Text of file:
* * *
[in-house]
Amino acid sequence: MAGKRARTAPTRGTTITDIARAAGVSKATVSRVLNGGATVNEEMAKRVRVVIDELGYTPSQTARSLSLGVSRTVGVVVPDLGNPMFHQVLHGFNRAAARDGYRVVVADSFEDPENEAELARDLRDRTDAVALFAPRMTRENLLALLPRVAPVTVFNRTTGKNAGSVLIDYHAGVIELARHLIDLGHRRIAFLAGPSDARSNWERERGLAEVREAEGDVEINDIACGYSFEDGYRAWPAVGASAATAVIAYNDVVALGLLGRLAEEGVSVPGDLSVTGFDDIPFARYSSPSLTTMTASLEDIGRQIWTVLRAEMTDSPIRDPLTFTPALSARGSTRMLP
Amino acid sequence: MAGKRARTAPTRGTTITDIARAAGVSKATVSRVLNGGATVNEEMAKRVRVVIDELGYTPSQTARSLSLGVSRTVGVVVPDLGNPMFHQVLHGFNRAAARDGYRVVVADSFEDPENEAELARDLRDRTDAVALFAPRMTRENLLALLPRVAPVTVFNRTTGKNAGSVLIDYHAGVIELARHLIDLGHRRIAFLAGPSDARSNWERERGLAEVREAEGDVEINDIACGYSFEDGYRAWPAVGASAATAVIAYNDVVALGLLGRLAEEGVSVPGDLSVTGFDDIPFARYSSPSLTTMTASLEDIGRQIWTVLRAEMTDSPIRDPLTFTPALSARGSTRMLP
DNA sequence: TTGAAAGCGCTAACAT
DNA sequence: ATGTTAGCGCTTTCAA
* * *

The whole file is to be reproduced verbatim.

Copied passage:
[in-house]
Amino acid sequence: MAGKRARTAPTRGTTITDIARAAGVSKATVSRVLNGGATVNEEMAKRVRVVIDELGYTPSQTARSLSLGVSRTVGVVVPDLGNPMFHQVLHGFNRAAARDGYRVVVADSFEDPENEAELARDLRDRTDAVALFAPRMTRENLLALLPRVAPVTVFNRTTGKNAGSVLIDYHAGVIELARHLIDLGHRRIAFLAGPSDARSNWERERGLAEVREAEGDVEINDIACGYSFEDGYRAWPAVGASAATAVIAYNDVVALGLLGRLAEEGVSVPGDLSVTGFDDIPFARYSSPSLTTMTASLEDIGRQIWTVLRAEMTDSPIRDPLTFTPALSARGSTRMLP
Amino acid sequence: MAGKRARTAPTRGTTITDIARAAGVSKATVSRVLNGGATVNEEMAKRVRVVIDELGYTPSQTARSLSLGVSRTVGVVVPDLGNPMFHQVLHGFNRAAARDGYRVVVADSFEDPENEAELARDLRDRTDAVALFAPRMTRENLLALLPRVAPVTVFNRTTGKNAGSVLIDYHAGVIELARHLIDLGHRRIAFLAGPSDARSNWERERGLAEVREAEGDVEINDIACGYSFEDGYRAWPAVGASAATAVIAYNDVVALGLLGRLAEEGVSVPGDLSVTGFDDIPFARYSSPSLTTMTASLEDIGRQIWTVLRAEMTDSPIRDPLTFTPALSARGSTRMLP
DNA sequence: TTGAAAGCGCTAACAT
DNA sequence: ATGTTAGCGCTTTCAA